Emergency nursing is a fast, exciting, sometimes infuriating but most of all vibrant specialty.
We work 24/7 to provide a full range of services, including assessment and management of patients with minor injury and illness, through to cardiac and neurological emergencies, major trauma and mental health emergencies.
We cannot predict what will be encountered from one minute to the next. We are constantly reviewing and reassessing what we are doing and the clinical decisions that we have made.
”We cannot predict what will be encountered from one minute to the next”
Emergency Medicine (EM) is a relatively young specialty, which has flourished in the last two decades. Academic EM is currently going through a process of reflection, while trying to establish priorities for research over the coming years in this field.
Resources are limited, and so we need to decide where the priorities for research should be.
Emergency Medicine Research Group Edinburgh
So, where do nurses fit in to this evolution and how can we help EM advance and progress?
Nurses make up the majority of staff working in emergency departments (EDs) in the UK. Nurses see the whole picture and have insight into the complete patient journey. A nurse’s opinions on patient care and outcomes matter greatly, and as nurses we need to share our knowledge of what emergency care means to us and how this knowledge can help improve outcomes and treatments.
”Nurses see the whole picture and have insight into the complete patient journey”
As nurses we hear to the words “evidence-based practice” on a daily basis but what does this actually mean to us as a profession?
As a nursing student, I was taught about medical research with a focus on large randomised controlled trials and quantitative research. As I develop in my career, I have discovered that there are so many more types of research, audit and service improvement that are important to evolving nursing practice.
Evidence does not necessarily come from large studies that are cleverly designed by experts and statisticians with complex methods of analysis. Evidence certainly does not only have to be found by doctors. As emergency nurses, we have a vast body of evidence from our daily practice that we can share in order to improve patient outcomes.
We act as patient advocates and this role brings with it a certain responsibility to work towards improved outcomes and designing better patient centred care.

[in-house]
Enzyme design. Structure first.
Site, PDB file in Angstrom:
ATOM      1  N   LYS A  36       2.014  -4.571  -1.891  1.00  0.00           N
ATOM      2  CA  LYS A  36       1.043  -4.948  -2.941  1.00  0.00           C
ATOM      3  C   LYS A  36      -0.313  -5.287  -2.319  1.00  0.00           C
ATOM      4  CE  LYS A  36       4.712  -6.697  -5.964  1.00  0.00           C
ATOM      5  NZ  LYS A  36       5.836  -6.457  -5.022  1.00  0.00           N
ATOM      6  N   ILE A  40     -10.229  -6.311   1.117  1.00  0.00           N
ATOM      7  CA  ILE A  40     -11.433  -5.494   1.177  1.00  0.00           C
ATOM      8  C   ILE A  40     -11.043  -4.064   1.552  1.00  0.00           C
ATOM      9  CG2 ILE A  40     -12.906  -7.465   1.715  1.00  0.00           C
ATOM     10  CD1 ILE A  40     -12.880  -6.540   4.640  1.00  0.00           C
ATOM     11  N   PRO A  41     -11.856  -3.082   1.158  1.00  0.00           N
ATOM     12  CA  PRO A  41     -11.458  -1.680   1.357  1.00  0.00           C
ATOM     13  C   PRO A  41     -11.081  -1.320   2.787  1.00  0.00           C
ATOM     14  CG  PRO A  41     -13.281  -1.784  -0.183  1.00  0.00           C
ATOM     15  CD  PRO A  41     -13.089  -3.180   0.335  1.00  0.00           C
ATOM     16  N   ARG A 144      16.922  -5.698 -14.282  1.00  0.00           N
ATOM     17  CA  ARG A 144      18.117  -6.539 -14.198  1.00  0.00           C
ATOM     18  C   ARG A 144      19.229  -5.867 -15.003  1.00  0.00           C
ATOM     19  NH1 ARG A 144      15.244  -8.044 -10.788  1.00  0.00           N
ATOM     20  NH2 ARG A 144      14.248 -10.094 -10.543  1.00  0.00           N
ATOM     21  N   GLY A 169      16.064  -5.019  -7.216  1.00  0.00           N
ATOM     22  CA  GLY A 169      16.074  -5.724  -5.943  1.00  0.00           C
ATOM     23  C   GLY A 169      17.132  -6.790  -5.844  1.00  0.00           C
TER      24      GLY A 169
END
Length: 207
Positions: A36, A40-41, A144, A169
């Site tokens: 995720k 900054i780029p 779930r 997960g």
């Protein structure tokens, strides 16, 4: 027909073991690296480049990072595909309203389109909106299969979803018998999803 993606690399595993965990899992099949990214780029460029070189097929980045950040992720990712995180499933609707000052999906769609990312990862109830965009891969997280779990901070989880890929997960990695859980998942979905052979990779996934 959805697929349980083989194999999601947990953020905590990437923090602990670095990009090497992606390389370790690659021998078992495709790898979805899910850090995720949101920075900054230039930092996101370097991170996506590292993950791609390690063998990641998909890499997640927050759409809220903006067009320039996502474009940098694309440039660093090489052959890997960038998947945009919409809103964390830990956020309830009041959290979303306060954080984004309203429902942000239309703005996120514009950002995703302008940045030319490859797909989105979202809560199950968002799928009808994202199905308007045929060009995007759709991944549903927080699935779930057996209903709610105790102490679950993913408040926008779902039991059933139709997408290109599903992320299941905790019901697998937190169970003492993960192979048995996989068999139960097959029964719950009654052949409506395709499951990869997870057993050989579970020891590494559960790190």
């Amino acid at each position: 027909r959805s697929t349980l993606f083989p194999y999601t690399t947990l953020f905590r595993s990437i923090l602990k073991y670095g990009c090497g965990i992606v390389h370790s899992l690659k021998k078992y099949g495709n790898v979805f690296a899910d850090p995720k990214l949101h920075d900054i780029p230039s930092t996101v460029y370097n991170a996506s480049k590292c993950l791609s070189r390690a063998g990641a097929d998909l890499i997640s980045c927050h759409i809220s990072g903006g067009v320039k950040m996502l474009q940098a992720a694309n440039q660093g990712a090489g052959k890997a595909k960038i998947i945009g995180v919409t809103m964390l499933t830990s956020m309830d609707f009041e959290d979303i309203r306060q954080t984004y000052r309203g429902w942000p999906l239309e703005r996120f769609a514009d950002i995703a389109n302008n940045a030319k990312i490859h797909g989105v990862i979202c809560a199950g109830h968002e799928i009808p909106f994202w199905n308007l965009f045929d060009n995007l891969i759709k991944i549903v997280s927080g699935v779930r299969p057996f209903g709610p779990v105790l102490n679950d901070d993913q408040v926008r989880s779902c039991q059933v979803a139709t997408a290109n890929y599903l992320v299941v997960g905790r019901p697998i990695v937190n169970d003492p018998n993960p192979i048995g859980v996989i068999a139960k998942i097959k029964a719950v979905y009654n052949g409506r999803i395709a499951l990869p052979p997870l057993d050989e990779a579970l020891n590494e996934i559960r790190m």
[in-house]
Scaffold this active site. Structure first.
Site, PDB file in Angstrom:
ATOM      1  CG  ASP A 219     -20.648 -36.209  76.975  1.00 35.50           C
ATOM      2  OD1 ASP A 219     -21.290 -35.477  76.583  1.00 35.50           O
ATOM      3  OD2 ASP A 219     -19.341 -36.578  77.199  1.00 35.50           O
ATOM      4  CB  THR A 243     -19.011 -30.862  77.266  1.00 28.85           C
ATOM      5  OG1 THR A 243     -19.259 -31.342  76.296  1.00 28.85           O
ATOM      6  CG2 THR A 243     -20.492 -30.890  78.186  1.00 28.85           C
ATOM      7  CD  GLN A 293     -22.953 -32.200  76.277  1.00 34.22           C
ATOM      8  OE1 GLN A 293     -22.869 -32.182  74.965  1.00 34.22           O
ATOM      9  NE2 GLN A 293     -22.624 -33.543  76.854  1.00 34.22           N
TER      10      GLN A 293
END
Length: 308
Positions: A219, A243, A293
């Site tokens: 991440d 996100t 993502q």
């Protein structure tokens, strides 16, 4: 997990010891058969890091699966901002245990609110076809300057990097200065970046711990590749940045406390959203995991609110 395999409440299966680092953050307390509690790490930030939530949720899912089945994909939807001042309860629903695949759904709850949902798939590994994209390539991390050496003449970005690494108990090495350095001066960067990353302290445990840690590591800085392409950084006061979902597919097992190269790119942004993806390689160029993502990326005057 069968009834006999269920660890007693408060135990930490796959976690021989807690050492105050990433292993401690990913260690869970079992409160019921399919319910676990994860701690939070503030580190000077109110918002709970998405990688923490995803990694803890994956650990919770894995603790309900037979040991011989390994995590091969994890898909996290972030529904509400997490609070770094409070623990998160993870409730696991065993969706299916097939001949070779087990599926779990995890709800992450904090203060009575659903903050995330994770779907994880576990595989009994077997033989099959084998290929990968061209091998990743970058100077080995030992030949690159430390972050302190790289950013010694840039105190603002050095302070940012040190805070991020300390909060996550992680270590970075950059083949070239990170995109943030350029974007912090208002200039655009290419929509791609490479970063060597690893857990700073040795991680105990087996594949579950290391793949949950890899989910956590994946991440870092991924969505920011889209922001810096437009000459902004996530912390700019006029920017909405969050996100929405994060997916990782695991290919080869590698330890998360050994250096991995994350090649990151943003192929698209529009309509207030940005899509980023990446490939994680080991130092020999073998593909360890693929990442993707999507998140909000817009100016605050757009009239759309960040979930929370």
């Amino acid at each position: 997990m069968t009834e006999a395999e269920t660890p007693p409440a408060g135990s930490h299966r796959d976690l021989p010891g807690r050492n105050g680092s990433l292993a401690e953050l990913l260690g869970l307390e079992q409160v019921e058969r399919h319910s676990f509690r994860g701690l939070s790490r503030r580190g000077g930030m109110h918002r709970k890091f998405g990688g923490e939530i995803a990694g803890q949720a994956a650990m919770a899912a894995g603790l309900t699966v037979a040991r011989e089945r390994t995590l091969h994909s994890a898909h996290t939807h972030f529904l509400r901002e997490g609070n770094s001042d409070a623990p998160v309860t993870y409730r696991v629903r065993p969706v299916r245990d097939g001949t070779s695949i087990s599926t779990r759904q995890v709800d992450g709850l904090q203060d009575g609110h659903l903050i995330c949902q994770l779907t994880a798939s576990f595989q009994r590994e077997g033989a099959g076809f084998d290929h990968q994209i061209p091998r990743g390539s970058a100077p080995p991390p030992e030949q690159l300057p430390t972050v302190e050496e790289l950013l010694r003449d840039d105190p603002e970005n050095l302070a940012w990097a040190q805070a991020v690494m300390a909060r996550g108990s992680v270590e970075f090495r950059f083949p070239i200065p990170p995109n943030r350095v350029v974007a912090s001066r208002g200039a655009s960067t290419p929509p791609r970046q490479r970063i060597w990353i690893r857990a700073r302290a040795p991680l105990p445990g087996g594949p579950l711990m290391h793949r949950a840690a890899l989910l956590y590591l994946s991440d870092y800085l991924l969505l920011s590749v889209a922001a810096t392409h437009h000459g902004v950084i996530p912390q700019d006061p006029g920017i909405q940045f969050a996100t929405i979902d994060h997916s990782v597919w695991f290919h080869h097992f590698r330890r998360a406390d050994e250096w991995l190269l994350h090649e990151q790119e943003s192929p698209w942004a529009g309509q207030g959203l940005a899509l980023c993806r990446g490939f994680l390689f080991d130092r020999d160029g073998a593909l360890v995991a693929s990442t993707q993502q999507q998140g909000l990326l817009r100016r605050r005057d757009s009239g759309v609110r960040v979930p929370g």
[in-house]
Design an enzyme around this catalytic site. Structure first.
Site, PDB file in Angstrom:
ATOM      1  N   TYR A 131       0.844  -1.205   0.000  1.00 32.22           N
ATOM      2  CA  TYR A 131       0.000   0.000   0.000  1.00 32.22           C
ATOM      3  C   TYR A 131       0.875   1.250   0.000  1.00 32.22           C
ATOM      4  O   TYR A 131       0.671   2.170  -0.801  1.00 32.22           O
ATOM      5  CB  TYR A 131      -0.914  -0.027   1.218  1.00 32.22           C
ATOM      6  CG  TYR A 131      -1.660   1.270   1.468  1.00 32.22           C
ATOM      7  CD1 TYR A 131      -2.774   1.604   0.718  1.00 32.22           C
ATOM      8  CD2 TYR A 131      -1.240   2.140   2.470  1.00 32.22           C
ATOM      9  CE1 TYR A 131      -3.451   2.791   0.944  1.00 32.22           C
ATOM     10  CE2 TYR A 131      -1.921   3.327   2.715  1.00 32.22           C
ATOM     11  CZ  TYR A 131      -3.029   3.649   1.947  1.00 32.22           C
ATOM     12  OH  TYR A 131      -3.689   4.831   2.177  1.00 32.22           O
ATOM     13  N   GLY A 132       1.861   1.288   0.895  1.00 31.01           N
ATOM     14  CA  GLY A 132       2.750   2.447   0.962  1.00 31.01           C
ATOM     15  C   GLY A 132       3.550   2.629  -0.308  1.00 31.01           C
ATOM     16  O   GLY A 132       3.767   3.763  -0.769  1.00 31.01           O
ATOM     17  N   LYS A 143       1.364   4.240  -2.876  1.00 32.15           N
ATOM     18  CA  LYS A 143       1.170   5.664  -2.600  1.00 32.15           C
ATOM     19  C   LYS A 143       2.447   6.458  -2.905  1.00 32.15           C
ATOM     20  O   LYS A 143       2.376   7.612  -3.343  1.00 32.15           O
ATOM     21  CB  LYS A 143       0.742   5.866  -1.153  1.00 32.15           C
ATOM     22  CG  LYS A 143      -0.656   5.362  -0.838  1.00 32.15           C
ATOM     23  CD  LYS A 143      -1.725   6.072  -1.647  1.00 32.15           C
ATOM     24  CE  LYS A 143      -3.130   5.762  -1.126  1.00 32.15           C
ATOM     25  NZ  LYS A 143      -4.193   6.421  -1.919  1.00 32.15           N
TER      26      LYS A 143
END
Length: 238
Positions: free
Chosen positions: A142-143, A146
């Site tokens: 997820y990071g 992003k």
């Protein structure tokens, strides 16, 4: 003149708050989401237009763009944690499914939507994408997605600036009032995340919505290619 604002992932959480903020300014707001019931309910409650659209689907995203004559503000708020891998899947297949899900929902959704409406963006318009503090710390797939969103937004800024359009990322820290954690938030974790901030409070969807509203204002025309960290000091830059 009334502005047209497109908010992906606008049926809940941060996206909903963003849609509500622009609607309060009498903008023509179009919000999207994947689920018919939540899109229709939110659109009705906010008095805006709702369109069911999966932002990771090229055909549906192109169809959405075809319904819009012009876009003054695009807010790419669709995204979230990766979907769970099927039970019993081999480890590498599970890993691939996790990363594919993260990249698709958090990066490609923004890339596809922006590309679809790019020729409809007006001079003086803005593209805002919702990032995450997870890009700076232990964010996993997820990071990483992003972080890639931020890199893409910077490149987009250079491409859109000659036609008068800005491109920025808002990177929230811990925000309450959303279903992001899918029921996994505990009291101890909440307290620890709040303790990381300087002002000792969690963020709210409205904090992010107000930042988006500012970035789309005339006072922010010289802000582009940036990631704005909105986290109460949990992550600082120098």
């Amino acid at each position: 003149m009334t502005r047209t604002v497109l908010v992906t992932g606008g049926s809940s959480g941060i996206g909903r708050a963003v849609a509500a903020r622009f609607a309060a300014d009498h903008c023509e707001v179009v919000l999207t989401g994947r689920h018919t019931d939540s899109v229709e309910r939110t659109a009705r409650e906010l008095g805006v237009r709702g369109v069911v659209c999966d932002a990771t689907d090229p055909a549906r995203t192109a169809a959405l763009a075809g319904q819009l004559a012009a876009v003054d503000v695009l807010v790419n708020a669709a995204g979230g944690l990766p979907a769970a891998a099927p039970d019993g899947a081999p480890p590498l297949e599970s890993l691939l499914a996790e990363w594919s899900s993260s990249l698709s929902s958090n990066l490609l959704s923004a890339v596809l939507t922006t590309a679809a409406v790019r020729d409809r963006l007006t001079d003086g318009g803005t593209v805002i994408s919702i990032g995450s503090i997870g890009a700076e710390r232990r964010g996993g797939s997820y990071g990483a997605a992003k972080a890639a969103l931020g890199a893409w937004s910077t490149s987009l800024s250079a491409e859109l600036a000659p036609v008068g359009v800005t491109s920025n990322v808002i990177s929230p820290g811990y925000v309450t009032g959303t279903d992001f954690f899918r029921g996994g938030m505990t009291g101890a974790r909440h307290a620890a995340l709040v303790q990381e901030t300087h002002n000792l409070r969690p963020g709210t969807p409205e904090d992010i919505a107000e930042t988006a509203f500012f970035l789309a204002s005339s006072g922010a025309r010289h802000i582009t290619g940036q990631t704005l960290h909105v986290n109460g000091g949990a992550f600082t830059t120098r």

”Evidence certainly does not only have to be found by doctors”
I believe we need to share the knowledge we have accrued on each and every shift through observation, experience and most importantly from our patients and their experiences. Nurses’ opinions matter and they should be heard.
Recently, a priority setting partnership has been established between the Royal College of Emergency Medicine and the James Lind Alliance, in an attempt to help identify potential ways of improving emergency patient management through research.
The steering group for this partnership comprises nurses, patient representatives, doctors and other experts who can help support and prioritise future research topics in EM.
We need your help, your ideas and your opinions. The partnership is asking clinicians who work in emergency departments, including doctors and nurses, patients and their carers to contribute their ideas for research topics. We are seeking the opinions of everyone who works in, has worked in, or has used the services of an emergency department, so please spread the word.
”We need your help, your ideas and your opinions”
As nurses we need to work together to improve our patient outcomes.
Emergency nurses are specialists in their own right and we have invaluable information to share that can help make the ED an even more incredible place to work. Please share your opinions, tell us what can be improved and do your bit for advancing academic EM.
More information, and the link to the platform where you can submit your research questions,visit: The Royal College of Emergency Medicine’s website